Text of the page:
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ELECTRICAL ENGINEERING
MATERIAL LECTURE NOTES
for
Bachelor of Technology
in
Electrical Engineering
&
Electrical and Electronics Engineering
Department of EE & EEE
Veer Surendra Sai University of Technology
(Formerly UCE, Burla)
Burla, Sambalpur, Odisha
Lecture Note Prepared by:
Prof. Ramesh Chandra Prusty

SYLLABUS
ELECTRICAL ENGINEERING MATERIALS (3-1-0)
Credit-04
MODULE-I (10 HOURS)
Conductivity of Metal: Introduction, factors affecting the resistivity of electrical materials,
motion of an electron in an electric field, Equation of motion of an electron, current carried by
electrons, mobility, energy levels of a molecule, emission of electrons from metals, thermionic
emission, photo electric emission, field emission, effect of temperature on electrical conductivity
of metals, electrical conducting materials, thermal properties, thermal conductivity of metals,
thermoelectric effects.
MODULE-II (10 HOURS)
Dielectric Properties: Introduction, effect of a dielectric on the behavior of a capacitor,
polarization, the dielectric constant of monatomic gases, frequency dependence of permittivity,
dielectric losses, significance of the loss tangent, dipolar relaxation, frequency and temperature
dependence of the dielectric constant, dielectric properties of polymeric system, ionic
conductivity in insulators, insulating materials, ferroelectricity, piezoelectricity.
MODULE-III (10 HOURS)
Magnetic properties of Materials: Introduction, Classification of magnetic materials,
diamagnetism, paramagnetism, ferromagnetism, magnetization curve, the hysteresis loop, factors
affecting permeability and hysteresis loss, common magnetic materials, magnetic resonance.
MODULE-IV (10 HOURS)
Semiconductors: energy band in solids, conductors, semiconductors and insulators, types of
semiconductors, Intrinsic semiconductors, impurity type semiconductor, diffusion, the Einstein
relation, hall effect, thermal conductivity of semiconductors, electrical conductivity of doped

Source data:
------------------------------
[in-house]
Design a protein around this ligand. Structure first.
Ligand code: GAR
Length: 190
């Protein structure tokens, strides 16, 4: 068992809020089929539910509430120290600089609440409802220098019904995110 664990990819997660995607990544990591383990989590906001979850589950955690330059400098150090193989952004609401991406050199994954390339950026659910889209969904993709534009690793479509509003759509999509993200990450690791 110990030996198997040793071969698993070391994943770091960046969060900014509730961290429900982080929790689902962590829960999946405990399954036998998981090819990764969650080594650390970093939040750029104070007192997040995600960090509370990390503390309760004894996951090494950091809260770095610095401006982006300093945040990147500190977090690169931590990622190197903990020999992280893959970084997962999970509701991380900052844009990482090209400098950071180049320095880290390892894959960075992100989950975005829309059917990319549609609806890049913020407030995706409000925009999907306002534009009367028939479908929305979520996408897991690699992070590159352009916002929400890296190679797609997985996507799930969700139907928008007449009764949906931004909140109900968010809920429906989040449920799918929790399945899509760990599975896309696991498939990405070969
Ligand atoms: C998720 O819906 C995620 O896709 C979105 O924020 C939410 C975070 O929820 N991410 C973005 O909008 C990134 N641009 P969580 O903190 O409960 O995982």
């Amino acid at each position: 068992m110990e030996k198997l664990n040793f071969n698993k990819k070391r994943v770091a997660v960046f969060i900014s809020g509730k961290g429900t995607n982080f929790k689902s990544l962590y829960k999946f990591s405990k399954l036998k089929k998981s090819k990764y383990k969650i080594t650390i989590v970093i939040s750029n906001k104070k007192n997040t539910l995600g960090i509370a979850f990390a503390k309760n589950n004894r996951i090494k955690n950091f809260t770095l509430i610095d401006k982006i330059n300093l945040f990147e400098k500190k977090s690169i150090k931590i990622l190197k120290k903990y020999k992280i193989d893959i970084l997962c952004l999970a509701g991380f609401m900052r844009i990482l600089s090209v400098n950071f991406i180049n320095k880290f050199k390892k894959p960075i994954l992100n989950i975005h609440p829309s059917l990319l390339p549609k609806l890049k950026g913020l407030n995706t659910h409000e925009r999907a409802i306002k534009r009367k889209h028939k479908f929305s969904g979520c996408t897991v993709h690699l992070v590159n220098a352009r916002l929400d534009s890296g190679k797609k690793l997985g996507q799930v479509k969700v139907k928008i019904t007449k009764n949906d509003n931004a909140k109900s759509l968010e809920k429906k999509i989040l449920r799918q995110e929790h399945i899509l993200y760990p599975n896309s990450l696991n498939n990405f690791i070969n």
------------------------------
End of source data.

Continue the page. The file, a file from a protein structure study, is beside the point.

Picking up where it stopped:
materials.
BOOKS
[1] C.S.Indulkar and S. Thiruvengadam, S., “An Introduction to Electrical Engineerin
[2] Kenneth G. Budinski,, “Engineering Materials: Prentice Hall of India, New Delhi

MODULE-I
CONDUCTIVITY OF METALS
INTRODUCTION:
The most important properties of metals are their high thermal and electrical conductivities.
Silver has the highest electrical conductivity. Copper comes next and is similar to silver from the
point of view of atomic structure ; both belonging to the same group of periodic table. The
conductivity of copper is less than that of silver. Since supplies of copper are not abundant in
nature, aluminium which is light and has a high conductivity is rapidly becoming more important
as a conductor material. Gold which has a conductivity higher than that of aluminium but lower
than that of silver or copper does not find use in electrical industry because it is expensive.
Metals having complex structures such as As, Sb, Bi, Sn, Hg have lower conductivities which lie
between those of ideal metal (very high conductivity) and of insulators (negligible
conductivities).
FACTORS AFFECTING THE RESISTIVITY OF ELECTRICAL MATERIALS
1. Temperature : The electrical resistance of most metals increases with increase of
temperature while those of semiconductors and electrolytes decreases with increase of
temperature. Many metals have vanishing resistivity at absolute zero of temperature
which is known as superconductivity.
2. Alloying : A solid solution has a less regular structure than a pure metal. Consequently,